• Remove all words that are known stop words.
  • Remove all words that have a length <= 1 character.

We can put all of these steps into a function called clean_doc() that takes as an argument the raw text loaded from a file and returns a list of cleaned tokens. We can also define a function load_doc() that loads a document from file ready for use with the clean_doc() function.

An example of cleaning the first positive review is listed below.

Running the example prints a long list of clean tokens.

There are many more cleaning steps we may want to explore and I leave them as further exercises.

I’d love to see what you can come up with.
Post your approaches and findings in the comments at the end.

Define a Vocabulary

It is important to define a vocabulary of known words when using a bag-of-words or embedding model.

The more words, the larger the representation of documents, therefore it is important to constrain the words to only those believed to be predictive. This is difficult to know beforehand and often it is important to test different hypotheses about how to construct a useful vocabulary.

We have already seen how we can remove punctuation and numbers from the vocabulary in the previous section. We can repeat this for all documents and build a set of all known words.

We can develop a vocabulary as a Counter, which is a dictionary mapping of words and their counts that allow us to easily update and query.

Each document can be added to the counter (a new function called add_doc_to_vocab()) and we can step over all of the reviews in the negative directory and then the positive directory (a new function called process_docs()).

The complete example is listed below.

Running the example shows that we have a vocabulary of 44,276 words.

We also can see a sample of the top 50 most used words in the movie reviews.

Note, that this vocabulary was constructed based on only those reviews in the training dataset.

We can step through the vocabulary and remove all words that have a low occurrence, such as only being used once or twice in all reviews.

For example, the following snippet will retrieve only the tokens that of appears 2 or more times in all reviews.

Running the above example with this addition shows that the vocabulary size drops by a little more than half its size from 44,276 to 25,767 words.

Finally, the vocabulary can be saved to a new file called vocab.txt that we can later load and use to filter movie reviews prior to encoding them for modeling. We define a new function called save_list() that saves the vocabulary to file, with one word per file.

For example:

Running the min occurrence filter on the vocabulary and saving it to file, you should now have a new file called vocab.txt with only the words we are interested in.

The order of words in your file will differ, but should look something like the following:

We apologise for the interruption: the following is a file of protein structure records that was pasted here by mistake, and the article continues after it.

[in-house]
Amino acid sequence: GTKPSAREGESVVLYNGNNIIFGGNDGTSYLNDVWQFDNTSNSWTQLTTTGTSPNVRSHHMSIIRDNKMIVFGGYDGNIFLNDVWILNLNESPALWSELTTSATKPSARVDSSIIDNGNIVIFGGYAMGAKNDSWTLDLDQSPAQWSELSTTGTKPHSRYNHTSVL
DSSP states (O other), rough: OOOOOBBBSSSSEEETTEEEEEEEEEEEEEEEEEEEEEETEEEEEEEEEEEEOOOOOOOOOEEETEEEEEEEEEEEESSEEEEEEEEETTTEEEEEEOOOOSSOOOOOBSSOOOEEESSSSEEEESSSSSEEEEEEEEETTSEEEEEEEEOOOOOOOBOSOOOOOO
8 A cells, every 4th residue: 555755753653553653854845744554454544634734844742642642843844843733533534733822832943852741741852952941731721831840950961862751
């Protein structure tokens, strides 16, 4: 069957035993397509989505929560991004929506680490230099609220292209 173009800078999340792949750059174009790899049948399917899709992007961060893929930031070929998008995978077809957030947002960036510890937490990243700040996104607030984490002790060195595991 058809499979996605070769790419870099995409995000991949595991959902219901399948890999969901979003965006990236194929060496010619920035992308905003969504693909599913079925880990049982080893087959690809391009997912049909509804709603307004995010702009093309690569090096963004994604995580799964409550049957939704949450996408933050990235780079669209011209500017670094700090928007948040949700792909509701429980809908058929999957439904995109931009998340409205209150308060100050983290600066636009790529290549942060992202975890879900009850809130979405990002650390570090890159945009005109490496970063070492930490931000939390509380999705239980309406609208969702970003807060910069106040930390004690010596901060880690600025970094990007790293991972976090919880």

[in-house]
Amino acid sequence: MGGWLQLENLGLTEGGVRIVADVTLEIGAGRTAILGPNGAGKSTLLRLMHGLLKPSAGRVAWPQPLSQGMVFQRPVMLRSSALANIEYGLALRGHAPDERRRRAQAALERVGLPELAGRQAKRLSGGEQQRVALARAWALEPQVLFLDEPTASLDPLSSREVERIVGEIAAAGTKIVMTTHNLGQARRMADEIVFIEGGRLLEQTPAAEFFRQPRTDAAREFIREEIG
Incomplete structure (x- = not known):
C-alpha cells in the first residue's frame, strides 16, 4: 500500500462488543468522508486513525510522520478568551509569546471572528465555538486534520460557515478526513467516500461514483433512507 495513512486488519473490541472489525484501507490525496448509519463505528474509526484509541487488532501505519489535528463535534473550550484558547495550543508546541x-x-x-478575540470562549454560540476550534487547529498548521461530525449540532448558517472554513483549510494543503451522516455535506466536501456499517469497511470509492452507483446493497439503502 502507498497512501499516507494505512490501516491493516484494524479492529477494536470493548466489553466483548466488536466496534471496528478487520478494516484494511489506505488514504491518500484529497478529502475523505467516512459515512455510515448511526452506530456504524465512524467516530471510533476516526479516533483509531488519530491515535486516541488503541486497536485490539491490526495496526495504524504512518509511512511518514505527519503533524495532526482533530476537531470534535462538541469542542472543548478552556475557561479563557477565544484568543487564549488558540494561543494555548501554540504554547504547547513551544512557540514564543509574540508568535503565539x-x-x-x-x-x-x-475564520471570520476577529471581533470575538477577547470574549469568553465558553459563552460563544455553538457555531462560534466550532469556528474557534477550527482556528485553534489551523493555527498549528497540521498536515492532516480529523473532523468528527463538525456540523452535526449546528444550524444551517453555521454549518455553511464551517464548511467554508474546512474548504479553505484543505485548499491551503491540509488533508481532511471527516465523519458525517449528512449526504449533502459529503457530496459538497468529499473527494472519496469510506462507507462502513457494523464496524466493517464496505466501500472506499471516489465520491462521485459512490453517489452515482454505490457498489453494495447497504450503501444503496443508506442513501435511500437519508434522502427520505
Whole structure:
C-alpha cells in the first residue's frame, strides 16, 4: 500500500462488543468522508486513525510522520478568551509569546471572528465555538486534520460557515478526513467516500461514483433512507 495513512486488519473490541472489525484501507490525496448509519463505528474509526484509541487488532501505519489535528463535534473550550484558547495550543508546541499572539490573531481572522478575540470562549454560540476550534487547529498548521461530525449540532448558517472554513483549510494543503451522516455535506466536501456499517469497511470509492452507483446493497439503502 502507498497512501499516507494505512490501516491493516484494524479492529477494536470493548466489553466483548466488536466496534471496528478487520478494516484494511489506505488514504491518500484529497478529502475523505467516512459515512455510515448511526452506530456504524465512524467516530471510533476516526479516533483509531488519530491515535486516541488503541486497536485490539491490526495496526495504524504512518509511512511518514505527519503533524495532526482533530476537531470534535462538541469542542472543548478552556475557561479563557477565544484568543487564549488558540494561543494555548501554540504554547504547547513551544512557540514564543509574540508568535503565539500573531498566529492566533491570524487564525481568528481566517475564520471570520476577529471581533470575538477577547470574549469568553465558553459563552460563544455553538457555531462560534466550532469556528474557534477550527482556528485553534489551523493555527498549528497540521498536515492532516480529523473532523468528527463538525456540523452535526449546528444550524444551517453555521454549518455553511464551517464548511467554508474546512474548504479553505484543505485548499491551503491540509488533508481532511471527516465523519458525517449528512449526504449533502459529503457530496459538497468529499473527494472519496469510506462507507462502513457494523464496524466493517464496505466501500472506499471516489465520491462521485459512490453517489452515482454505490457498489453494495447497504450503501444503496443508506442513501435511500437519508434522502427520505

We are now ready to look at learning features from the reviews.

3. Train Embedding Layer

In this section, we will learn a word embedding while training a neural network on the classification problem.

A word embedding is a way of representing text where each word in the vocabulary is represented by a real valued vector in a high-dimensional space. The vectors are learned in such a way that words that have similar meanings will have similar representation in the vector space (close in the vector space). This is a more expressive representation for text than more classical methods like bag-of-words, where relationships between words or tokens are ignored, or forced in bigram and trigram approaches.

The real valued vector representation for words can be learned while training the neural network. We can do this in the Keras deep learning library using the Embedding layer.

The first step is to load the vocabulary. We will use it to filter out words from movie reviews that we are not interested in.

If you have worked through the previous section, you should have a local file called ‘vocab.txt‘ with one word per line. We can load that file and build a vocabulary as a set for checking the validity of tokens.

Next, we need to load all of the training data movie reviews. For that we can adapt the process_docs() from the previous section to load the documents, clean them, and return them as a list of strings, with one document per string. We want each document to be a string for easy encoding as a sequence of integers later.

Cleaning the document involves splitting each review based on white space, removing punctuation, and then filtering out all tokens not in the vocabulary.

The updated clean_doc() function is listed below.

The updated process_docs() can then call the clean_doc() for each document on the ‘pos‘ and ‘neg‘ directories that are in our training dataset.

The next step is to encode each document as a sequence of integers.

The Keras Embedding layer requires integer inputs where each integer maps to a single token that has a specific real-valued vector representation within the embedding. These vectors are random at the beginning of training, but during training become meaningful to the network.

We can encode the training documents as sequences of integers using the Tokenizer class in the Keras API.